Is there anything the Jews will not complain about? The fact is that Schindler’s Ark, the novel (yes, novel) on which the film Schindler’s List was based, is a work of fiction: see https://en.wikipedia.org/wiki/Schindler%27s_Ark. The fact that Jews have “edited” the Wikipedia entry for Schindler’s List, the film of the book, to refer to the book as a “non-fiction novel” is meaningless, as is that term itself, the more usual term being “faction”.

The famous “faction” novel by Frederick Forsyth, The Day of the Jackal, is not “non-fiction” just because a few characters in it (eg President de Gaulle) actually existed. The book is still basically fiction; so is Schindler’s Ark and the film based on it.

As a matter of fact, Schindler’s Ark was not even written by someone who experienced Germany or Poland during WW2; it was written by an Australian, Thomas Keneally, who, at the material time, was 5-10 years old and who only left Australia for the first time in 1968. Schindler’s Ark was written and published in 1982. Keneally seems to have visited Poland in or about 1980, not long before the novel was published.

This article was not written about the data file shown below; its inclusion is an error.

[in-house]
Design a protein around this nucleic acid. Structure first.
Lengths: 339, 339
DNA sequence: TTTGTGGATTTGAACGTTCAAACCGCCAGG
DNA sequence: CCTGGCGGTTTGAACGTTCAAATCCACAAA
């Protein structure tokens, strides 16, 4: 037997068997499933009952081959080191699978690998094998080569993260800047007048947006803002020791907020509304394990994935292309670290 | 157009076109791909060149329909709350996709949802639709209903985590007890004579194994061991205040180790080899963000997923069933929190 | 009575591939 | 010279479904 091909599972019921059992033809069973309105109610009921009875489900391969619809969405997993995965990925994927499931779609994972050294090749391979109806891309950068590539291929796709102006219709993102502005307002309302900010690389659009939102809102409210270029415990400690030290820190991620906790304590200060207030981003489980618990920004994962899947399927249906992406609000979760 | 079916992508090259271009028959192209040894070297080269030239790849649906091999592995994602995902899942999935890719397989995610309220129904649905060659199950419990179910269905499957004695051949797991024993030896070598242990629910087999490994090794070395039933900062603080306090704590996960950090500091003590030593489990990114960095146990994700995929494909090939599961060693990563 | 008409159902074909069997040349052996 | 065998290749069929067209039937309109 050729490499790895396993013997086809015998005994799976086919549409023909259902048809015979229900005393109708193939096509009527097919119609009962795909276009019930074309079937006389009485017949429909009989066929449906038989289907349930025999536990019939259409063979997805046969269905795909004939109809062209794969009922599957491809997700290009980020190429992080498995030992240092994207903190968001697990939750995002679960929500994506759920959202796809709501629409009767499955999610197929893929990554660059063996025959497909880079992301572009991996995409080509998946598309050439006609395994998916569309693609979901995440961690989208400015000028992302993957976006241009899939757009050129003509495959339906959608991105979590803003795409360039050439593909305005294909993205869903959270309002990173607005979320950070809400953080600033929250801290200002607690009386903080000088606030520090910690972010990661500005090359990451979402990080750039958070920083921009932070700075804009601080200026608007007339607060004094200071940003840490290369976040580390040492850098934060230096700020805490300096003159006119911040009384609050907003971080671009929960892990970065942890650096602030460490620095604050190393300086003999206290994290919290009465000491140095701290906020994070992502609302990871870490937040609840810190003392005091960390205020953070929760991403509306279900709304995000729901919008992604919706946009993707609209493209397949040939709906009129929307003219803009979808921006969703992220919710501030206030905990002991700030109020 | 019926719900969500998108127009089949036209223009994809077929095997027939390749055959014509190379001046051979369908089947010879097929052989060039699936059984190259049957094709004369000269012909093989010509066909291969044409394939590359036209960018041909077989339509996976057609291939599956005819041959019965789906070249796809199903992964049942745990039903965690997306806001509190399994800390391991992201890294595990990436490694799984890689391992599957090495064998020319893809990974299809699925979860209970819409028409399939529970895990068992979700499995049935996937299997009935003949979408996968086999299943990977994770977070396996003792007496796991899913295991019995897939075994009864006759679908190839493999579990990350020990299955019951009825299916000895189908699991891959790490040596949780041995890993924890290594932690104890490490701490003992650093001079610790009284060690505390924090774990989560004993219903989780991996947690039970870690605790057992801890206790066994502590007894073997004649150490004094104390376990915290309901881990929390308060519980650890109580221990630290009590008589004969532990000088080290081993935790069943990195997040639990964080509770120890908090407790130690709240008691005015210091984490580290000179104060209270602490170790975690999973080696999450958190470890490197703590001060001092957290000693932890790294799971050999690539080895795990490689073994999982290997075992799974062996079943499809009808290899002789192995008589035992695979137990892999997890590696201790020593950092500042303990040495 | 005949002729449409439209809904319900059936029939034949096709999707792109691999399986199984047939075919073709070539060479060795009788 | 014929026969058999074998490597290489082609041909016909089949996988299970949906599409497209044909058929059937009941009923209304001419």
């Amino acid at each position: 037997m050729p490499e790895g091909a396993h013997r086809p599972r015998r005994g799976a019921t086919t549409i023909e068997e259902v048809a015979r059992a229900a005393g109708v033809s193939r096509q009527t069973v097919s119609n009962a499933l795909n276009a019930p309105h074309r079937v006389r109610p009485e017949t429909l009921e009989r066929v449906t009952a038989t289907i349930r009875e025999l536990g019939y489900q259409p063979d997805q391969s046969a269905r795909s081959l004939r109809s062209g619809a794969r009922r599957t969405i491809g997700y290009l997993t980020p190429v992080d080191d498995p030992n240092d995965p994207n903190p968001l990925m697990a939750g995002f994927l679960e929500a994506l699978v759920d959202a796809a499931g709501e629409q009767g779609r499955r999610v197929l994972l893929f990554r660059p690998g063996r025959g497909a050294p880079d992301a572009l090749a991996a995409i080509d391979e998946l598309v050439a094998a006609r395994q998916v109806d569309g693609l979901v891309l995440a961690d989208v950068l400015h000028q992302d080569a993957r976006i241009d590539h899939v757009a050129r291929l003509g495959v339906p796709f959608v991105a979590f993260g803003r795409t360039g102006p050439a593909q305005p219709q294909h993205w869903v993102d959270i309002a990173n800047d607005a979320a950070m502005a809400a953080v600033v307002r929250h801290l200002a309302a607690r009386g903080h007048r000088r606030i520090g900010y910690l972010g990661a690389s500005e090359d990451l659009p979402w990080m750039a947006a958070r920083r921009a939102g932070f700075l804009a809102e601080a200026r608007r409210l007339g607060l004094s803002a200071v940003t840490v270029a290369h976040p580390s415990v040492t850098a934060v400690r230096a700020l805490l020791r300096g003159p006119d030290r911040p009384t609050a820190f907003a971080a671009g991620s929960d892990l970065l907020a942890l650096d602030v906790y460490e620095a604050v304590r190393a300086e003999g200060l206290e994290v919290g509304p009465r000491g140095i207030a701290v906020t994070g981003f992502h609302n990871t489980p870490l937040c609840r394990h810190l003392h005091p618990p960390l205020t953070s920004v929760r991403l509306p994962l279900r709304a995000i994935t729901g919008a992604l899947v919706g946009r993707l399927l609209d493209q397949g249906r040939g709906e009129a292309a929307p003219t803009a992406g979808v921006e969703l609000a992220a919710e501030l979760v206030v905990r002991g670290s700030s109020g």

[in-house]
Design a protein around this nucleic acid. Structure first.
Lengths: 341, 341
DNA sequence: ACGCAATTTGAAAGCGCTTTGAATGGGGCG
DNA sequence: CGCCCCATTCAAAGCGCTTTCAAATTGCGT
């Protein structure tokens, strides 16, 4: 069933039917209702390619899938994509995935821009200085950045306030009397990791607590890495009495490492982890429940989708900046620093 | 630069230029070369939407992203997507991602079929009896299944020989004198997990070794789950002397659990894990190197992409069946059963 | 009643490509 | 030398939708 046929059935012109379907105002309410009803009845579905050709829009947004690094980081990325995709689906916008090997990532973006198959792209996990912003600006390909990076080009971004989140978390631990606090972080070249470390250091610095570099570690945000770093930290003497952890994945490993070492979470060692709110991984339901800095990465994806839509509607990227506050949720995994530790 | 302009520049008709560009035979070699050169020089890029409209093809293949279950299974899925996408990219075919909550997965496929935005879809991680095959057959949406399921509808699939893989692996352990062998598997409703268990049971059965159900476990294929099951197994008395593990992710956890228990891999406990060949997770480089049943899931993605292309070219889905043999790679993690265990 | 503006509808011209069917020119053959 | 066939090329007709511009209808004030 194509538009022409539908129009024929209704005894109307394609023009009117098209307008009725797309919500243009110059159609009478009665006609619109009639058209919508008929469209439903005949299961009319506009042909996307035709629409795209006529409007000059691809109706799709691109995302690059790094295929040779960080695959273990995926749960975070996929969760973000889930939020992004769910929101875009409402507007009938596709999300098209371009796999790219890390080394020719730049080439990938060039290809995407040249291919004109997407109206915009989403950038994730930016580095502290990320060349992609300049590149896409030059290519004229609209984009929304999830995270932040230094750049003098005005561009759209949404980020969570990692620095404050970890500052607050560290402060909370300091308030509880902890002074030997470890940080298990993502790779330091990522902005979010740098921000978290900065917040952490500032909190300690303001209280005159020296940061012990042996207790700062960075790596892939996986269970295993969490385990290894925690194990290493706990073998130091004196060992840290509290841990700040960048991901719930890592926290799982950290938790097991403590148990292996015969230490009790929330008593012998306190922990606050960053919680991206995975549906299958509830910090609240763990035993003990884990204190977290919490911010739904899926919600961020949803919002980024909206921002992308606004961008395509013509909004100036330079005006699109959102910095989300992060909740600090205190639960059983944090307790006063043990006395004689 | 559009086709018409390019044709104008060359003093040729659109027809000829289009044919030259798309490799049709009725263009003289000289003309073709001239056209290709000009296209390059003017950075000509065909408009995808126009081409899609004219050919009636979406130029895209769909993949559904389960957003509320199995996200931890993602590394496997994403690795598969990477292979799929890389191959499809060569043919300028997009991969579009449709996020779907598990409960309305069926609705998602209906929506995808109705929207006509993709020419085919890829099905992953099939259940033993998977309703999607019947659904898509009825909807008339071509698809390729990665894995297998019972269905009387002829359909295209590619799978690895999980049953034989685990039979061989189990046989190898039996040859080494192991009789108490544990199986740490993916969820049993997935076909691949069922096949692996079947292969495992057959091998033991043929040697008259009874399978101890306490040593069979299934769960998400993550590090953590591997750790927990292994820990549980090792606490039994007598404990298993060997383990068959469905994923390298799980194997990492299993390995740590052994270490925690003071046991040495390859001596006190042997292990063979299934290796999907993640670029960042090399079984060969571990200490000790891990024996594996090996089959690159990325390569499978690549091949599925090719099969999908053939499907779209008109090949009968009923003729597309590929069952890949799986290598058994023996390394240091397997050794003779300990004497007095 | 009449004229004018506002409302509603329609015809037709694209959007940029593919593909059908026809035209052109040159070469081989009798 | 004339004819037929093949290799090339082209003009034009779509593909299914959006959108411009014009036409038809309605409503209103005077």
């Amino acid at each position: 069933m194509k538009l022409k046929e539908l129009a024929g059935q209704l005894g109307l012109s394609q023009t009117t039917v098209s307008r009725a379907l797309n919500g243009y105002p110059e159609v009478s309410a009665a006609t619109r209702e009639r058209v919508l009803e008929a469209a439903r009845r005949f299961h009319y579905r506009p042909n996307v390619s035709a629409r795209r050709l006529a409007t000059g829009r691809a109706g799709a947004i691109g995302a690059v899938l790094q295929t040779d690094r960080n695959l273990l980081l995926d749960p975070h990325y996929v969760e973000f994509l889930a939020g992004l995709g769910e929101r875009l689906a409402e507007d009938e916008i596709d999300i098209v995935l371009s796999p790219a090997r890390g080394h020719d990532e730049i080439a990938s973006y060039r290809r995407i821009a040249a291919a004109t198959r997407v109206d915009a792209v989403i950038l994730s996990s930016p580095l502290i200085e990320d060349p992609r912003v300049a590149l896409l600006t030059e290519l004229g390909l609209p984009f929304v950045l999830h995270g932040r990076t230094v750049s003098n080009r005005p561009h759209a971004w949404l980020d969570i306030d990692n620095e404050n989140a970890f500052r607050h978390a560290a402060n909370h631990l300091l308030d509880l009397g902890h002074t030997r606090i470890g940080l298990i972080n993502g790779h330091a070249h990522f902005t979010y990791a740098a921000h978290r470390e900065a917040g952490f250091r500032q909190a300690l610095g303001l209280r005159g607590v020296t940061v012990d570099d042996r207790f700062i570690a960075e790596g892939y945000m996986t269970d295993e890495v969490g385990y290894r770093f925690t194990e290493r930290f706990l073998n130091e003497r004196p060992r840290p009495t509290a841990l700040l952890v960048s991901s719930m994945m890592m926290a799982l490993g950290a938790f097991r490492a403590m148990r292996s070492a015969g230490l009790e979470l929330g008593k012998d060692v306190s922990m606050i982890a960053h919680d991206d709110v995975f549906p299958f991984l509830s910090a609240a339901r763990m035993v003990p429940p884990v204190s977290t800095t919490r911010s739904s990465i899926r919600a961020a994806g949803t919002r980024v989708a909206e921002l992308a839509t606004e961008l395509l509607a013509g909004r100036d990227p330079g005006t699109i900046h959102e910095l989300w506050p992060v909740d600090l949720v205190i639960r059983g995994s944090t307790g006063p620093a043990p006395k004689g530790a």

Many of his novels are reworkings of historical material, although modern in their psychology and style


More tweets seen

I recently assessed the “Bootstrap Cook” on the blog, having seen the Twitter (etc) storm that started a couple of months ago. https://ianrobertmillard.org/2022/09/30/diary-blog-30-september-2022-including-an-assessment-of-jack-monroe-aka-the-bootstrap-cook/.

This England

Saw the first episode of This England, following the pretty disastrous tenure, as Prime Minister, of “Boris” Johnson.

It kept the interest. The casting was remarkably good, headed by a performance by Kenneth Branagh that was amazingly like the real “Boris”, to look at. Other leading characters were also well-portrayed.

I felt that it could have been harder-hitting in some areas. Still, good overall.

Late tweets


People on £150,000 a year are of course not the “super-rich”, but they are still making several times the average, and 10x the amount earned by huge numbers of people in this country.

Only 1% or so of the population earn that much in terms of income.

That Tony Parsons tweet shows the gulf between the msm cosmopolitan talking heads, scribblers, entertainers etc, and the vast bulk of the British people.